Saint Patrick’s Day

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San Patricio Battalion Flag

It can be argued that St Patrick’s Day is like a local holiday in my neighborhood, despite the fact there is no sizable Irish community in this area. Here in Lincoln Heights, it’s common to see people wearing shamrock paraphernalia all year round. As was recently pointed out to me, stores in Lincoln Heights will stock green colored clothing more frequently as it tends to sell more quickly than other colors. Shamrocks magically grace the walls after long weekend nights, spreading the luck of the Irish throughout our little hood.

One year my previous neighbors, who were as chuntaro as you can get, had a huge St Patrick’s day party with green streamers, green balloons, and leprechauns. I couldn’t figure out why these kids of Mexican heritage would celebrate St Patrick’s when they rarely celebrated any other holidays. They didn’t even put that much effort into their own birthday parties. Then it dawned on me, the name of their gang, which was taken from a small street that no longer exists*, is the name of an Irish symbol. I imagine these celebrations, which show no hint of irony or recognition of the absurd cross cultural hybridism, will most likely take place again this year.

San Patricios
There are many cultural connections between the Irish and Mexicans than just the random name of an extinct road in an old Los Angeles Mexican-American neighborhood. Back when I used to do an underground radio show, we did a piece on the cultural connections between Mexican and Irish and more specifically, the San Patricio Battalion, a group of Irish soldiers who deserted the US army for Mexico during the the US-Mexican War. On the other side of the Rio Grande, the Irish soldiers found prettier women, better food, livelier living and sympathetic Catholic brothers. Hey, sounds like Lincoln Heights! There’s even a movie and documentary about these smart turncoats. To add to this historical tribute, the Eastside band Ollin just released an album dedicated to the San Patricios.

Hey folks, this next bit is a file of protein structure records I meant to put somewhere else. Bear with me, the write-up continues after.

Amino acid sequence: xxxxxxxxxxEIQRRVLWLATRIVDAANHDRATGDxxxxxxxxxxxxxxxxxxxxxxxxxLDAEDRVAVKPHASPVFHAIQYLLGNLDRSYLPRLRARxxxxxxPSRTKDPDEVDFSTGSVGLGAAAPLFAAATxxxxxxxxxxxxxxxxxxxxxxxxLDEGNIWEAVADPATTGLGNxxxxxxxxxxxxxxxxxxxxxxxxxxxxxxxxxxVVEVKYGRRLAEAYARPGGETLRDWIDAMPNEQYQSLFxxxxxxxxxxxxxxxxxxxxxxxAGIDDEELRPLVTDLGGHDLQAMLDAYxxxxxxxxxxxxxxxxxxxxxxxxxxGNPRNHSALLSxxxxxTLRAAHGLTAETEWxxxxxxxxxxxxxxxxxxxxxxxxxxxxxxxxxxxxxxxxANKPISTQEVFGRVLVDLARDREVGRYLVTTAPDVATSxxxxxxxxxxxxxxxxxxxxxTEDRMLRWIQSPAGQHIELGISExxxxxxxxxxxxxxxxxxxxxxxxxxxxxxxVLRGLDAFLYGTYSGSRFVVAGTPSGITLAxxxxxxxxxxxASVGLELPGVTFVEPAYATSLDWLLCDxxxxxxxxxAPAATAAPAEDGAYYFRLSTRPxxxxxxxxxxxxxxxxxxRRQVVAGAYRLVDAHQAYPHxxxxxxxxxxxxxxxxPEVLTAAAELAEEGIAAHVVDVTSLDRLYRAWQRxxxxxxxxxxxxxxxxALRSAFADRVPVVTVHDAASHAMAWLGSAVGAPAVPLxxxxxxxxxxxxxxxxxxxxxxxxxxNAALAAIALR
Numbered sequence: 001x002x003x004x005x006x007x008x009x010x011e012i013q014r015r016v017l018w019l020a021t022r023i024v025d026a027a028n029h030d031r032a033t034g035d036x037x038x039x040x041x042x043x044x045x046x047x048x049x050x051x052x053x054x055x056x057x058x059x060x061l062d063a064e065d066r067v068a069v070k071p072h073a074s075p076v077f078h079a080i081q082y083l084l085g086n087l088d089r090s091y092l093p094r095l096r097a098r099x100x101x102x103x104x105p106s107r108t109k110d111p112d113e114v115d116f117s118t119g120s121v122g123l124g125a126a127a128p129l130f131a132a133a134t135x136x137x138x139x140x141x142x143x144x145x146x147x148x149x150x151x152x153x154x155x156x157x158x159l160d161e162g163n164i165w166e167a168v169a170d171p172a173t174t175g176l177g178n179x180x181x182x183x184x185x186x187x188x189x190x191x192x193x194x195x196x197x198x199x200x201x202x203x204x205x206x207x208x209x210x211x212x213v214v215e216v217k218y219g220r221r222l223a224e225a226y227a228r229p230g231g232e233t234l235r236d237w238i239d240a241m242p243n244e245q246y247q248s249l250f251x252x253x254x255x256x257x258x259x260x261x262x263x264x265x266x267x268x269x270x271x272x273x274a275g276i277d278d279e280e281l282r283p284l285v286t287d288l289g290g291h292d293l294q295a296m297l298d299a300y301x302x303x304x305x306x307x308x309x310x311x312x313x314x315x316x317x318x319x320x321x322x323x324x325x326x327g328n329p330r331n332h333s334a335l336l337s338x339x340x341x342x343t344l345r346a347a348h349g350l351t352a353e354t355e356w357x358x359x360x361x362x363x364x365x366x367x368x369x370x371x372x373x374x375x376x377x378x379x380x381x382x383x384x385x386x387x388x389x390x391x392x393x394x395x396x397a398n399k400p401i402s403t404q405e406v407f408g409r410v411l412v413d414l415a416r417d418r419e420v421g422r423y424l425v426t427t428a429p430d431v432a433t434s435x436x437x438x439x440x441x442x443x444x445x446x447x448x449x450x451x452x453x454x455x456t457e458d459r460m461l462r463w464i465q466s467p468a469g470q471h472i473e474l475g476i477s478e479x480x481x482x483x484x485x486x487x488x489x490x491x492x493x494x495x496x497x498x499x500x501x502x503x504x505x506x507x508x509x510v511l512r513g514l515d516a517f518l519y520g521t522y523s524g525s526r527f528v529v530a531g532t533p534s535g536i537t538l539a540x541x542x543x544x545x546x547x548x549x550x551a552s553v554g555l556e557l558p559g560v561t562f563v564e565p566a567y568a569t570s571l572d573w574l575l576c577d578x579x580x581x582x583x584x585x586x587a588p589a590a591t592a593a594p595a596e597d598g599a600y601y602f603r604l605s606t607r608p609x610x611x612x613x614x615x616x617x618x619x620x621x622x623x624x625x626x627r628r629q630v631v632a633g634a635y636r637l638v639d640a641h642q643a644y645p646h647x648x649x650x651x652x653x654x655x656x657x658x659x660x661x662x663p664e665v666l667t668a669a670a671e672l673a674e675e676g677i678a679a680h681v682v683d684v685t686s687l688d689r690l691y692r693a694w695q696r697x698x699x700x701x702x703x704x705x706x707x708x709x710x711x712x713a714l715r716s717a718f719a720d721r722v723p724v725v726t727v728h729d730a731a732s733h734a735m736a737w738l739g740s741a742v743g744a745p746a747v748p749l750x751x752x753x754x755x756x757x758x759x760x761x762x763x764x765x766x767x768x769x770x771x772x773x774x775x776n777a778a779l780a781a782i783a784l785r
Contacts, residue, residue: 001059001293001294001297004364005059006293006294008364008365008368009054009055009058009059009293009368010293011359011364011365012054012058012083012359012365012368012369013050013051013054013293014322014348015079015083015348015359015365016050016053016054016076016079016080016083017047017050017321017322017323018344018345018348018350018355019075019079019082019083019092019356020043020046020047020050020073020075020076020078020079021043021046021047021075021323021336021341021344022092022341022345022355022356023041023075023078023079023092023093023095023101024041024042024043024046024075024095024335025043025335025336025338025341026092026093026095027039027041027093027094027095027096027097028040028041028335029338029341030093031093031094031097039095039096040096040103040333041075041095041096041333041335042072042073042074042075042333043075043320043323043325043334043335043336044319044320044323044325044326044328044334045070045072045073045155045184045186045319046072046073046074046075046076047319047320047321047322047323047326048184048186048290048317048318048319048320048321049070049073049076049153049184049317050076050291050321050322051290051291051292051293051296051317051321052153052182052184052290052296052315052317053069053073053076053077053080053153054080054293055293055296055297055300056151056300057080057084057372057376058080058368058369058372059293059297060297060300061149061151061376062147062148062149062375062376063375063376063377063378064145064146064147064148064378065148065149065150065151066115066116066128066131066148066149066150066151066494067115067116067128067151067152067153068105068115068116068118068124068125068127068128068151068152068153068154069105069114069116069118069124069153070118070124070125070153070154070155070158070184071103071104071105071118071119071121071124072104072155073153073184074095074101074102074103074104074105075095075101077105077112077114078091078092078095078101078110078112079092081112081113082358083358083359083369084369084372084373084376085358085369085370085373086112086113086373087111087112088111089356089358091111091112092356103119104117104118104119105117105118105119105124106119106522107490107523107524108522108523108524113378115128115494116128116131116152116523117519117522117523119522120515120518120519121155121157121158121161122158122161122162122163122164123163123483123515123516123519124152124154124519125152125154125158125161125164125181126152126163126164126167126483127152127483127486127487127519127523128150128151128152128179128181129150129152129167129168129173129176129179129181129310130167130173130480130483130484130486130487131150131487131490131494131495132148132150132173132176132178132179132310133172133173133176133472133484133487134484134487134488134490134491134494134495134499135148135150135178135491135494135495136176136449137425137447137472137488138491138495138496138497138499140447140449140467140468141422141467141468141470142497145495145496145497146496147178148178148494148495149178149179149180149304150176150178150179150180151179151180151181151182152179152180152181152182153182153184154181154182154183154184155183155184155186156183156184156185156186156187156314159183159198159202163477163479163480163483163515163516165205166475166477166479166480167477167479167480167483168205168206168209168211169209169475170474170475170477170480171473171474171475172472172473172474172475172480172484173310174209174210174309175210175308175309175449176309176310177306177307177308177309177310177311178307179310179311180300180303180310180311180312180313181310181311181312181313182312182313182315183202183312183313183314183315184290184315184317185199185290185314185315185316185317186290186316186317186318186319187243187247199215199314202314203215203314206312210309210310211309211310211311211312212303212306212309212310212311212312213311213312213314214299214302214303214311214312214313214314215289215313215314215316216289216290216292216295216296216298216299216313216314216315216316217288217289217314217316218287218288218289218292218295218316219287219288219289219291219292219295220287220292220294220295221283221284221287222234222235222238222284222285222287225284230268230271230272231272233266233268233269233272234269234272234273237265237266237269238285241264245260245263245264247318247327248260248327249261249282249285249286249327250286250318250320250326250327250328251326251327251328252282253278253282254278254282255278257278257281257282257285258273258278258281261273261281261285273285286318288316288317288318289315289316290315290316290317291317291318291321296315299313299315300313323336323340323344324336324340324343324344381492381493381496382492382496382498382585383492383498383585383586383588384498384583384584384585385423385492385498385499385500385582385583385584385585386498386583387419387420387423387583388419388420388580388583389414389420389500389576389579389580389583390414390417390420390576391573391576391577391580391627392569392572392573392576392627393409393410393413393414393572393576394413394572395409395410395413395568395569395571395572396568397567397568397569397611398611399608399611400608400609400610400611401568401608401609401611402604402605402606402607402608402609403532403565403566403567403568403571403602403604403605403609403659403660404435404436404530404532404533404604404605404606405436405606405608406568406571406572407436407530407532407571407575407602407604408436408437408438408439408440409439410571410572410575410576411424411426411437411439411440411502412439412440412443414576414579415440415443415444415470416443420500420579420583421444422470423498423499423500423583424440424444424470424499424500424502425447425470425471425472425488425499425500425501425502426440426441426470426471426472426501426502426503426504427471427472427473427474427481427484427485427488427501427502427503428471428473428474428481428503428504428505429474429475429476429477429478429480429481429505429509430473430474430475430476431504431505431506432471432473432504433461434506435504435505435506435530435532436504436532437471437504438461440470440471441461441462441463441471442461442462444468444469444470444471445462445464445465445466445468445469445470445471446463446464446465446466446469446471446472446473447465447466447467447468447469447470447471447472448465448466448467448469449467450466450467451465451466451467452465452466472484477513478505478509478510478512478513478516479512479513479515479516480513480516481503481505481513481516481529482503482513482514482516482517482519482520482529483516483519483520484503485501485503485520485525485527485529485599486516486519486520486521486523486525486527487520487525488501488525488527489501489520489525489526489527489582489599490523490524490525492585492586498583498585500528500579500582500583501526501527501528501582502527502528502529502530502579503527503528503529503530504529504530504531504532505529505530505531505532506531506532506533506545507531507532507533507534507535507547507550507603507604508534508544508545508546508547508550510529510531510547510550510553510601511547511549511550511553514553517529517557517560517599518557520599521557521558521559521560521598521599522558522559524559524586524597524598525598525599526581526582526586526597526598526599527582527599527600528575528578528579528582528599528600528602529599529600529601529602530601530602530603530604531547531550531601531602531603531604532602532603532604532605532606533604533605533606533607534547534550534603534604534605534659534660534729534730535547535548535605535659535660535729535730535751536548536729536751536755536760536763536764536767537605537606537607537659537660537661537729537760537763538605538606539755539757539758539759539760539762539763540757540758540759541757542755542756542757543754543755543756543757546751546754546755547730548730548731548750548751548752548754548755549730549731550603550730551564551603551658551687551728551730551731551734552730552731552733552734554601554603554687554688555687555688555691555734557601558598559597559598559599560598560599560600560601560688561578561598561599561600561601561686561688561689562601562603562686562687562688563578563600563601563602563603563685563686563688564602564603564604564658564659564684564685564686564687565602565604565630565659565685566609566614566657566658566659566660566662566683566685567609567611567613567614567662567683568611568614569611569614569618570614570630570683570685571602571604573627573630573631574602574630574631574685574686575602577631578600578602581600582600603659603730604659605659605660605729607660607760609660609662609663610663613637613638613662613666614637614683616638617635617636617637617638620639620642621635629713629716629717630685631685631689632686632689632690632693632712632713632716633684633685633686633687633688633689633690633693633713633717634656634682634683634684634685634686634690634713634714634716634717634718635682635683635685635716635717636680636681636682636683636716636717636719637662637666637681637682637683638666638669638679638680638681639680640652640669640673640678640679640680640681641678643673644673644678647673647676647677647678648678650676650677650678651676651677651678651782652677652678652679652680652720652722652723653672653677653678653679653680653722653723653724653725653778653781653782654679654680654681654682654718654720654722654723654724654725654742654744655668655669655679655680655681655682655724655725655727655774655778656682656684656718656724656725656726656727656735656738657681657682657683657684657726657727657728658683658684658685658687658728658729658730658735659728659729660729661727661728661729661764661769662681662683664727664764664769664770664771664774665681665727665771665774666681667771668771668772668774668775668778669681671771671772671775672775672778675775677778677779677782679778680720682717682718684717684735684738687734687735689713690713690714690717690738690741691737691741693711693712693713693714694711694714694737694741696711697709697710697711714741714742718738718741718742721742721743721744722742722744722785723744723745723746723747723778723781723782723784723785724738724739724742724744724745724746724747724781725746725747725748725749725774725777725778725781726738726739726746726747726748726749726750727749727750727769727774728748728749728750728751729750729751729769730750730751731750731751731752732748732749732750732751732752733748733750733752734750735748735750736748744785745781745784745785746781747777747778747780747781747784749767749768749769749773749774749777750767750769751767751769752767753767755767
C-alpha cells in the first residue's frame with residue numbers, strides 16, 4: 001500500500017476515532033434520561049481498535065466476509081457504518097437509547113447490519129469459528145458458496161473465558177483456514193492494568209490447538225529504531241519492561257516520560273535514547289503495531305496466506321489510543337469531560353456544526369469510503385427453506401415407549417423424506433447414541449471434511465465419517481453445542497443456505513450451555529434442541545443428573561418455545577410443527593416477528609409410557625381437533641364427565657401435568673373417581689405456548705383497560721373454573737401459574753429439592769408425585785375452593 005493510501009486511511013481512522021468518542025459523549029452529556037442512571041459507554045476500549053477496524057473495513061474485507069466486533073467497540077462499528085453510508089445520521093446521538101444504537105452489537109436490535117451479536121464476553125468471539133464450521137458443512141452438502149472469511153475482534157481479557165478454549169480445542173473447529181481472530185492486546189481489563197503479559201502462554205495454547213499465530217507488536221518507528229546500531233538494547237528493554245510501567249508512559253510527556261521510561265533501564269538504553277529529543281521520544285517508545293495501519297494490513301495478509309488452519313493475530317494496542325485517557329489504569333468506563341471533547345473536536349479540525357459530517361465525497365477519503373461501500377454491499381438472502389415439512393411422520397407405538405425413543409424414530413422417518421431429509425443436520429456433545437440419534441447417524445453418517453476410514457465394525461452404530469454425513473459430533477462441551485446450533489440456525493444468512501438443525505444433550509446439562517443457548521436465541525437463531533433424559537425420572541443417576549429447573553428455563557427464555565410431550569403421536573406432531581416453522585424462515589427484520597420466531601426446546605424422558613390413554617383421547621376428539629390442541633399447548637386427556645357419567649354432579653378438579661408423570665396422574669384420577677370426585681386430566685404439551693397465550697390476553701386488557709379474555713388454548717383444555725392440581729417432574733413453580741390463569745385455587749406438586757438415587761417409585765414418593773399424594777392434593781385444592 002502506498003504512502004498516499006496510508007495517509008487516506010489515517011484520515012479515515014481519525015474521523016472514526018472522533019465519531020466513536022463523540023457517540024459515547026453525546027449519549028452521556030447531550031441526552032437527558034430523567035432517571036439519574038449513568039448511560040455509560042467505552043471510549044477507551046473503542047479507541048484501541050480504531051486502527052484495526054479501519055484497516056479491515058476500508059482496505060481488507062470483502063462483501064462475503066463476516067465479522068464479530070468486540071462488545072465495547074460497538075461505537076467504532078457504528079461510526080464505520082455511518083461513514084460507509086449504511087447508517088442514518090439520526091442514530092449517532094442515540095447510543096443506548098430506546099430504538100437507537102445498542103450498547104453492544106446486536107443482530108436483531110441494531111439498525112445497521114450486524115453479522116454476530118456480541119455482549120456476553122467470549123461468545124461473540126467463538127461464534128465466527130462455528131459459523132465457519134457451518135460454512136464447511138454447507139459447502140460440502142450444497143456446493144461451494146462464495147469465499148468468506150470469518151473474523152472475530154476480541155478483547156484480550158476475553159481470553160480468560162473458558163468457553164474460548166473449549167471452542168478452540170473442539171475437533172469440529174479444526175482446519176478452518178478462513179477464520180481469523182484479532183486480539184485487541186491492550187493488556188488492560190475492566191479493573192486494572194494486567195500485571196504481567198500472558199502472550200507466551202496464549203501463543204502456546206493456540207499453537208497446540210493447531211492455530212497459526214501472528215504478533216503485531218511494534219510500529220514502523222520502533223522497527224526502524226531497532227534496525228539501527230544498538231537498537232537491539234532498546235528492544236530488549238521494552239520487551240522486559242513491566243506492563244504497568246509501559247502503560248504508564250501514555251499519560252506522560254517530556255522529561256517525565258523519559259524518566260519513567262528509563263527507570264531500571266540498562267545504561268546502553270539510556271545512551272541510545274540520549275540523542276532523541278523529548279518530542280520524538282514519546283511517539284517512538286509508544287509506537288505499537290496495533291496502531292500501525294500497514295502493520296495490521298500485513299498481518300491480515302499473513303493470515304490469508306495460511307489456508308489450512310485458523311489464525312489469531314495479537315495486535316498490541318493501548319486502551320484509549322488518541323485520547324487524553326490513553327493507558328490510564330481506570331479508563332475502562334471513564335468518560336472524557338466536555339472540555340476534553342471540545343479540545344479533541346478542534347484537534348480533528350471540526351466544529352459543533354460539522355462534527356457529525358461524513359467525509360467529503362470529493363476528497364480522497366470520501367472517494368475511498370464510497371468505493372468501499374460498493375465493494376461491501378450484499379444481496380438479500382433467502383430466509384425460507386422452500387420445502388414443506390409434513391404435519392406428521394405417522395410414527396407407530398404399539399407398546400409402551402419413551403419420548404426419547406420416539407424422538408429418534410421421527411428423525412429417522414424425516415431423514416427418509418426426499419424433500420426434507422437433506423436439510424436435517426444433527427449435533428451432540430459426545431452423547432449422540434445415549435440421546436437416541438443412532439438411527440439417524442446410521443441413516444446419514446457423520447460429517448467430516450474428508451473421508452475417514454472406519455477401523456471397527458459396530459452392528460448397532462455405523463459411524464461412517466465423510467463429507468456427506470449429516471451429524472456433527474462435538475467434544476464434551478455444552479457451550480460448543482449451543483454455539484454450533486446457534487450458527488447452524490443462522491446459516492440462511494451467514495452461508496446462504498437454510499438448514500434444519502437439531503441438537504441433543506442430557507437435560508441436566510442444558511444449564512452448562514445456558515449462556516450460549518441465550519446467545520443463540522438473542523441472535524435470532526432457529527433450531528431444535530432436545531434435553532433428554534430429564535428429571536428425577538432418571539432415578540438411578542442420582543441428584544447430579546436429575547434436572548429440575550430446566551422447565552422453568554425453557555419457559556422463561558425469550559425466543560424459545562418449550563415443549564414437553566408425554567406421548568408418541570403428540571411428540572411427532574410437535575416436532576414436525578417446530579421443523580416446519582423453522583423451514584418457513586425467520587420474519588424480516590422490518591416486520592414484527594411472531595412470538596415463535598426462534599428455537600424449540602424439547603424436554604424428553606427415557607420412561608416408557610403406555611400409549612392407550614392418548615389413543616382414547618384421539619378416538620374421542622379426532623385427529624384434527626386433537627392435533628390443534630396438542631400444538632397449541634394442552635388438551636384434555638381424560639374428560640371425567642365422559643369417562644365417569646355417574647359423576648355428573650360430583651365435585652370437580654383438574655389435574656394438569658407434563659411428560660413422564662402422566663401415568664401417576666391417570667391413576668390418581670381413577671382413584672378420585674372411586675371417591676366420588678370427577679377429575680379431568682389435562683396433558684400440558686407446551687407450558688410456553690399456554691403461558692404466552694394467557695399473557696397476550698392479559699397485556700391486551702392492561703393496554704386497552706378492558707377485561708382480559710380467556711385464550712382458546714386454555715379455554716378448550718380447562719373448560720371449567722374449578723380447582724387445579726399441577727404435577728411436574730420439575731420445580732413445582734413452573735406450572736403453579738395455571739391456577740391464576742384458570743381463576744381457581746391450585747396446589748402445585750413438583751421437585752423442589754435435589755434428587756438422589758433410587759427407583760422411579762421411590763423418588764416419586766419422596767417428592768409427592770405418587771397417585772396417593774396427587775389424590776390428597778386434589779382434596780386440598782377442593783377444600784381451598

So though St. Patty’s day might seem initially out of place here on the Eastside, there’s many reasons why Mexicans/Latinos and other Eastsiders would choose to recognize the date. Just take your pick.

Music to celebrate St. Patrick’s Day
To add to the cross cultural mix, here’s the Mexican garage band Los Rockin’ Rebeldes singing the Irish-American standard, Danny Boy:
Danny Boy-Los Rockin’ Rebeldes

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Traveller Margaret Barry with her banjo

Next, one of my favorite Irish folk tunes by Margaret Barry. A song about crooked cops, prejudice and poetic justice, quite appropriate for Mexican Saint Patrick’s Day!
Moses Ritoolarilay by Margaret Barry

More on Margaret Barry from the album Traditional Songs of Ireland, Saydisc Records, England, 1995.

Margaret is in full voice now and this unusual Street Ballad was one of her special favourites. She liked the Jew for getting the meddlesome policeman into trouble. She’d always save it for the moment when she saw a local peeler, a man of the law, coming down the street to move her on.

lyrics:

O the bobby have gone like a hen on a cleave
A vision came on with a bee on his sleeve
Promotion he whispered I’ll try for today
Now come with me Moses Ritooral-li-ay

O the bobby marched on he was lord of the town
He suddenly stopped with a snort & frown
Promotion he whispered I’ll try for today
Now come with me Moses Ritooral-li-ay

Come tell me your name says the limb of the law
To the the little fat man white as death on the straw
What’s that sir? My name sir?
Was dear on the day
And its Moses Ritooral-li-ooral-li-ay

O the trial it came on and lasted a week
One Judge says ‘Twas German,
another ’twas Greek
Though be Ireland says Chedra be on
the Crimay
And they’ll seize on this Moses Ritooral-li-ay